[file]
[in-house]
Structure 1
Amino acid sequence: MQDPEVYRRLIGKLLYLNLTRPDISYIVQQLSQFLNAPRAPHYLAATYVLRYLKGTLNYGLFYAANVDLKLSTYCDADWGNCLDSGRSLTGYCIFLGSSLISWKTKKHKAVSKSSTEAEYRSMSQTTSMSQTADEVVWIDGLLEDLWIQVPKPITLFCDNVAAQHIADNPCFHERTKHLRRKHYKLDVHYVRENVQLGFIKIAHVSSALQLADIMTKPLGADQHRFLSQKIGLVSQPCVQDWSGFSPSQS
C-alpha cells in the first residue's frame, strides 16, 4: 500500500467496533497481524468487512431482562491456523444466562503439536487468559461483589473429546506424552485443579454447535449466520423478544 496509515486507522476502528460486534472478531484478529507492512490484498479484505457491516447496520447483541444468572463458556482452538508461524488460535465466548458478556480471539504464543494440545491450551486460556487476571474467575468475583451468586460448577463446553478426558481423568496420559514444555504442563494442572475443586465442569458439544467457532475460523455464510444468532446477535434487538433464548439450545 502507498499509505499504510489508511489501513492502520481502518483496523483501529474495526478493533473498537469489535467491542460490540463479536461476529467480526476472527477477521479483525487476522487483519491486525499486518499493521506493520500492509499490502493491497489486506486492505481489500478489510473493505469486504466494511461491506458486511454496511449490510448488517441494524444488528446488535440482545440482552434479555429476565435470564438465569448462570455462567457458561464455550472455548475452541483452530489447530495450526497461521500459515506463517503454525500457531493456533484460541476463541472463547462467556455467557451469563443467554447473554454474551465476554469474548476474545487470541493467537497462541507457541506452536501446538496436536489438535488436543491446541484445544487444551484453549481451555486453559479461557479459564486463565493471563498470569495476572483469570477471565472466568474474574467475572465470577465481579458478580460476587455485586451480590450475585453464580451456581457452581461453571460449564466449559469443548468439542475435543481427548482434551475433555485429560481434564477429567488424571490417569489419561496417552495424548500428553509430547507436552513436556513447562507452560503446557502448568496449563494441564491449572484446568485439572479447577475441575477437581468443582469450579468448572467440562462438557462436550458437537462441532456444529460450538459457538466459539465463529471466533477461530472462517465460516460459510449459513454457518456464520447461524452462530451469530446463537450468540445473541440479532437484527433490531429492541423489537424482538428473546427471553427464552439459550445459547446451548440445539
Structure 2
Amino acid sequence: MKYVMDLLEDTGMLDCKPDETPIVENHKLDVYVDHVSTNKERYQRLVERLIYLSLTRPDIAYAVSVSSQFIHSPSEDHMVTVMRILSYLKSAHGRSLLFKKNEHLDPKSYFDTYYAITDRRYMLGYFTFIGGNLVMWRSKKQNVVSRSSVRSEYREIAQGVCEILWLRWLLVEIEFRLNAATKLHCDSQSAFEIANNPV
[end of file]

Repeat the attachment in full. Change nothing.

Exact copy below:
[in-house]
Structure 1
Amino acid sequence: MQDPEVYRRLIGKLLYLNLTRPDISYIVQQLSQFLNAPRAPHYLAATYVLRYLKGTLNYGLFYAANVDLKLSTYCDADWGNCLDSGRSLTGYCIFLGSSLISWKTKKHKAVSKSSTEAEYRSMSQTTSMSQTADEVVWIDGLLEDLWIQVPKPITLFCDNVAAQHIADNPCFHERTKHLRRKHYKLDVHYVRENVQLGFIKIAHVSSALQLADIMTKPLGADQHRFLSQKIGLVSQPCVQDWSGFSPSQS
C-alpha cells in the first residue's frame, strides 16, 4: 500500500467496533497481524468487512431482562491456523444466562503439536487468559461483589473429546506424552485443579454447535449466520423478544 496509515486507522476502528460486534472478531484478529507492512490484498479484505457491516447496520447483541444468572463458556482452538508461524488460535465466548458478556480471539504464543494440545491450551486460556487476571474467575468475583451468586460448577463446553478426558481423568496420559514444555504442563494442572475443586465442569458439544467457532475460523455464510444468532446477535434487538433464548439450545 502507498499509505499504510489508511489501513492502520481502518483496523483501529474495526478493533473498537469489535467491542460490540463479536461476529467480526476472527477477521479483525487476522487483519491486525499486518499493521506493520500492509499490502493491497489486506486492505481489500478489510473493505469486504466494511461491506458486511454496511449490510448488517441494524444488528446488535440482545440482552434479555429476565435470564438465569448462570455462567457458561464455550472455548475452541483452530489447530495450526497461521500459515506463517503454525500457531493456533484460541476463541472463547462467556455467557451469563443467554447473554454474551465476554469474548476474545487470541493467537497462541507457541506452536501446538496436536489438535488436543491446541484445544487444551484453549481451555486453559479461557479459564486463565493471563498470569495476572483469570477471565472466568474474574467475572465470577465481579458478580460476587455485586451480590450475585453464580451456581457452581461453571460449564466449559469443548468439542475435543481427548482434551475433555485429560481434564477429567488424571490417569489419561496417552495424548500428553509430547507436552513436556513447562507452560503446557502448568496449563494441564491449572484446568485439572479447577475441575477437581468443582469450579468448572467440562462438557462436550458437537462441532456444529460450538459457538466459539465463529471466533477461530472462517465460516460459510449459513454457518456464520447461524452462530451469530446463537450468540445473541440479532437484527433490531429492541423489537424482538428473546427471553427464552439459550445459547446451548440445539
Structure 2
Amino acid sequence: MKYVMDLLEDTGMLDCKPDETPIVENHKLDVYVDHVSTNKERYQRLVERLIYLSLTRPDIAYAVSVSSQFIHSPSEDHMVTVMRILSYLKSAHGRSLLFKKNEHLDPKSYFDTYYAITDRRYMLGYFTFIGGNLVMWRSKKQNVVSRSSVRSEYREIAQGVCEILWLRWLLVEIEFRLNAATKLHCDSQSAFEIANNPV